GIMME FREE WIFI. Seeking free hotel wifi? Silicon Valley based hotel booking site Room77 allows users to filter hotels by availability of free wi-fi. Smart!

STOLEN LAPTOPS. Some airports are worse than others when it comes to laptop theft. A recent study found that Atlanta-ATL is #1 for laptop theft in the US. SFO ranks fifth worst after Miami-MIA, Chicago-ORD, Orlando-MCO. Frankfurt is #1 outside the US.

MORE CLEAR. The CLEAR card, which is back at SFO with its popular expedited security screening service, expanded to Terminal E (serving UAL, Delta, Virgin, etc) at Dallas-Ft Worth airport last week. CLEAR is now available at all terminals at SFO. It’s also in operation at Denver and Orlando airports. If you had a CLEAR card in it’s previous life, whatever time you had left on it when the company shut down is now valid at SFO—so get bring your old card to SFO and give it a try. The service costs $179 per year.

Photo: Olivier Cabaret / Flickr

EURO-AIR. Are you aware of all the new airlines flying to Europe from the Bay Area? To make hay while the summer sun shines, airlines such as XL Airways (SFO-Paris CDG), Arkefly (OAK-Amsterdam AMS), Air Berlin (SFO-Dusseldorf) and Sata (OAK-Azores) now offer nonstops across the pond. All are offering roundtrip fares in the $1500 range—not much different than what you’ll currently find on more mainstream carriers. Note: These carriers do not offer daily service—it’s more like 1-3 times per week. Also, we don’t hear much about these carriers here since they are more focused on European business than US business—which becomes immediately evident when you try to search for fares on their balky websites.

EURO-CHEAPO? If those fares seem high, here’s some good news: The US dollar gaining rapidly on the euro, making trips across the pond a little easier on American wallets. Currently, you can buy a euro for about $1.25, and from the looks of this chart, it could be closed to $1.10 by this fall.

PRECHECK COMING TO SFO. Eventually. United has (finally) joined American and Delta as airline partners with TSA for it’s popular PreCheck expedited security screening program. However, United only has PreCheck at Chicago-ORD for now. The TSA’s western region spokesperson Nico Melendez told The BAT that while the agency expects to have PreCheck at SFO this year, there is still no formal date for introduction.

DELAY AT ANA FOR SJC. ANA has quietly pushed back the introduction of new nonstops between San Jose International and Tokyo using a new B787 Dreamliner into 2013. Last fall ANA said that service would start in 2012. Hmmm.

MORE BIZ CLASS ON UAL. United has revamped the first of 14 Boeing 767-300s with its new lie-flat business class seat—all facing forward, unlike the forward/rear facing seats on its B777s. United spokesperson Charles Hobart told The BAT that the newly configured 767’s won’t be flying internationally out of SFO but will be doing occasional domestic turns.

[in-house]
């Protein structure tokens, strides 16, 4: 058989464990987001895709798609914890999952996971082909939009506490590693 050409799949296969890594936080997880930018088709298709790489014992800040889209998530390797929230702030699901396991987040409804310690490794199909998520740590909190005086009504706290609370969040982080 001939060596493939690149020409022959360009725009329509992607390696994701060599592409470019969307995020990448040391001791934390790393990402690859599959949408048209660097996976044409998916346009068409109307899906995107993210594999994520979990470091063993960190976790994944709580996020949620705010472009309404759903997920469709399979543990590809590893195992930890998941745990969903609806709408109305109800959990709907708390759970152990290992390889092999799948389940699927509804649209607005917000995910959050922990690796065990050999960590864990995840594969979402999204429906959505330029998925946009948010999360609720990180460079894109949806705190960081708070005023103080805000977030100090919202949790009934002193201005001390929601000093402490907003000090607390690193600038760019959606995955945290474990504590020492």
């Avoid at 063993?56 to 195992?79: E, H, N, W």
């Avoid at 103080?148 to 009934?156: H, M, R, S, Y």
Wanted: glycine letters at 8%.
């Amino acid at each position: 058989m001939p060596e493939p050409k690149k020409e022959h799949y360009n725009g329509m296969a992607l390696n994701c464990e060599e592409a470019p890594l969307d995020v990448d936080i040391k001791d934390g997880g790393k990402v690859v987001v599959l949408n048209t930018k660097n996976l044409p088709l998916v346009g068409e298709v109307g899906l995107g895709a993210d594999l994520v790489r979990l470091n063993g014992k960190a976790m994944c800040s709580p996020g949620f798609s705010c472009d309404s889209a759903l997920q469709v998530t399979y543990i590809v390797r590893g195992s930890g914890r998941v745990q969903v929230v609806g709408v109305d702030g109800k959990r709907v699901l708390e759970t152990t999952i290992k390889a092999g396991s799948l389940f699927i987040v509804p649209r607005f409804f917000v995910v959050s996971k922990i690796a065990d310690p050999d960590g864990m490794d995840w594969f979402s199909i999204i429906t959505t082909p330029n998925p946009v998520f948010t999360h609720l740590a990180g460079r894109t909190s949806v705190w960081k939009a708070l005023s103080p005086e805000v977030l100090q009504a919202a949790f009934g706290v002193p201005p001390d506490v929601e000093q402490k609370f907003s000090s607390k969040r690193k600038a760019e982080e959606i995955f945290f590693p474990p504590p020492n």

Bedroom at Las Alcobas, my fave hotel in Mexico City (Photo: Chris McGinnis)

MEXICO CITY. Got business in Mexico City? Check out my latest BBC Business Trip: Mexico City column for my take on latest, greatest and newest business class hotels, restaurants, airport lounges. Surprise: Mexico City has cut its pollution in half, and its downtown is safe, cosmopolitan and a lot of fun. Factoid: The city’s elevation is 7,200 feet—that’s 2,000 or so feet higher than Denver!

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Deal ALERT: Late summer/fall fares sales start early

If peak season fares will keep you grounded this summer, here’s some great news: This morning,  Southwest.com and AirTran.com kicked off a decent late summer/early fall fare sale, but you’ve got to act fast. That’s because the sale only lasts 72-hours and only a handful of seats on each plane are selling at the discounted prices. Here are the specifics:

>Travel dates: Travel must take place between Monday, August 13 and Wednesday, November 14.

>Roundtrip fares range from $100 to $280 roundtrip (all in), based on flight length. For travel up to 500 miles, fares are $100 round trip. For travel 501 to 1,300 miles, fares are $200 round trip. For travel 1,301 or more miles, fares are $280 round trip. (Fares are available one-way.)

>This is a 72-hour sale, so tickets must be purchased online at Southwest.com or AirTran.com between today and midnight Thursday, June 14.

>Sale fares are NOT available on Fridays or Sundays.  Blackout dates: Aug. 18, Aug. 30, Sept. 3, and Sept. 4, 2012.

>I expect United, Delta and other carriers to match most of these fares by later today, so shop around if you don’t find the fare you want.

>Based on what we’ve seen fare-wise this summer, these are some great deals. Sample roundtrip Southwest or AirTran fares from SFO/OAK/SJC include:

$100: Burbank, Las Vegas, Los Angeles, Ontario, Orange County, Reno,  San Diego

$200: Albuquerque, Denver, Phoenix, Portland, Seattle

$280: Atlanta, Austin, Chicago, Houston